New vice president for Extension and Outreach to come to campus


Jack McClellan

Jason Henderson pictured during his presentation at the public forum Iowa State held during the search for a new Vice President for Extension and Outreach.

Jason Henderson will begin as Iowa State’s new Vice President for Extension and Outreach on April 3, nine months after the announcement of the current Vice President for Extension and Outreach John Lawrence’s retirement.

Henderson comes to Iowa State from Purdue University in Indiana where he served as the Senior Associate Dean in the College of Agriculture and Director of Purdue Extension. Before Purdue, Henderson held various positions in the Federal Reserve Bank of Kansas City between 1998 and 2013.

Henderson said the ultimate value of extension and outreach programs manifests in positive impacts in the daily lives of people across the state and country.

“The progress that we’ve made in society and how we’ve made life better is by the ability to bring new technologies, new information and new insights to help farmers and families and businesses make better decisions for their lives,” Henderson said. “That’s the power of extension and how it brings out the land grant university to have impact in every community.”

Henderson said the overall quality of Iowa State’s Extension and Outreach influenced his decision to apply for the job.

“Iowa State has one of the premier extension systems in the country,” Henderson said. “An opportunity to lead a great organization that has tremendous impacts in communities all across the state, whether it’s helping farmers, to families, to businesses, I think that for me is just a great opportunity.”

Born in Arlington, Iowa, Henderson said one added benefit of starting at Iowa State is being closer to his hometown and re-engaging with his roots.

Another positive aspect of Iowa State’s extension system that Henderson pointed out is county-based delivery. Iowa State is said to be a 99-county campus because of its connections to communities across the state through the extension and outreach system.

“What also makes it unique is they have a network of regional specialists all across the state,” Henderson said. “So, these three layers of Iowa State Extension of having county delivery, campus specialists and this regional network of specialists out there, I think, really makes Iowa State University’s extension system unique and very strong.”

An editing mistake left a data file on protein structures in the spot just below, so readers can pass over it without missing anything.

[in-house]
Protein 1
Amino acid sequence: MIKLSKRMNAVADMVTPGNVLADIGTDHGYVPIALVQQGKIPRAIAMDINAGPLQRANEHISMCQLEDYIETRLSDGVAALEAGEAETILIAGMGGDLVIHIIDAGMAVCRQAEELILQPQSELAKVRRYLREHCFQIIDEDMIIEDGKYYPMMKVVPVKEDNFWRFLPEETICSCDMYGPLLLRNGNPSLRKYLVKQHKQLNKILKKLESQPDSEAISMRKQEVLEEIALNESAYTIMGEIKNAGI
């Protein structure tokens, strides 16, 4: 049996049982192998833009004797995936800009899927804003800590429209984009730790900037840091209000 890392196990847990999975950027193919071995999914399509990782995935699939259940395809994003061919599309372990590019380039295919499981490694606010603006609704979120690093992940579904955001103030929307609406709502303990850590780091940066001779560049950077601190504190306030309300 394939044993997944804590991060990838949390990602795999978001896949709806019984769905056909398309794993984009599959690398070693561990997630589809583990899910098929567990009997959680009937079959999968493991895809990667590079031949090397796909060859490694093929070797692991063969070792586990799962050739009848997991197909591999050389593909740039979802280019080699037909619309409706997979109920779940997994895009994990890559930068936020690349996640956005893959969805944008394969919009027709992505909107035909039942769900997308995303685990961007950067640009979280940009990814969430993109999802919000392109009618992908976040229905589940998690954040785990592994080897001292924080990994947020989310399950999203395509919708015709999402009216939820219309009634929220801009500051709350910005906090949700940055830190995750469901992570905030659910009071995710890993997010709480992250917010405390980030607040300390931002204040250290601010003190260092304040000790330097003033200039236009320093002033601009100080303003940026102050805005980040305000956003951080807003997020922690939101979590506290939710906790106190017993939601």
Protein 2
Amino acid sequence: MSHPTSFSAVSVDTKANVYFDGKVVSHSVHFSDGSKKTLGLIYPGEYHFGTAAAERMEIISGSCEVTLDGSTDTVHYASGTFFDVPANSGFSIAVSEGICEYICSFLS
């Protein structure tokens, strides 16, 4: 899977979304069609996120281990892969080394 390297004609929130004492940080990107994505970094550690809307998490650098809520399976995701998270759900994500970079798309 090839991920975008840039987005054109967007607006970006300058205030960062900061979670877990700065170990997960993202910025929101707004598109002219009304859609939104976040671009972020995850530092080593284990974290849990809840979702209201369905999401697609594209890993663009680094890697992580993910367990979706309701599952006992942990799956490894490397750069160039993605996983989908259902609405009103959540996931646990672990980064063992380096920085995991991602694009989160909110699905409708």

Henderson said the strength of extension systems depends entirely on the strength of relationships between every community. In order to ensure a positive impact from work in extension, Henderson said he would dedicate the beginning of his time at Iowa State to developing relationships with various community members and extension people.

“I think my first responsibility is to go out and meet people where they’re at, to relearn the state of Iowa,” Henderson said. “And just hearing from people, what are some stresses that they might be having in their families or farms or businesses, but also hearing about what are the opportunities and the needs that they have.”

Henderson is a seasoned extension professional with a background in agriculture and economics. According to an Inside Iowa State article, Henderson received his bachelor’s degree in economics from Central College in Pella, Iowa, and earned a master’s and Doctorate from Purdue University in agricultural economics.

Henderson also said his experience at the Federal Reserve Bank fits in closely with the work being done by extension systems at universities. While at the Federal Reserve, Henderson said he was mindful of how to strengthen local, rural and agricultural economies and how to deliver the information communities need to thrive.

“What I found was the biggest difference between those communities that thrive and those that struggle were they had amazing leaders and then had access to information and resources and insights to make better decisions, whether it’s for their families, whether it’s for their farms, or whether it was for a mainstream business,” Henderson said. “For me, that’s the job of extension.”

Henderson said he looks forward to working to bring new research and technologies to the agricultural sector, strengthening families through various programs and helping to develop communities and support small towns.

“I think a lot of this is society evolves, whether we like it or not, many different ways,” Henderson said. “So for us, our role in extension is how do we help people evolve with society, and how do we use those different tools that emerged to help improve our lives?”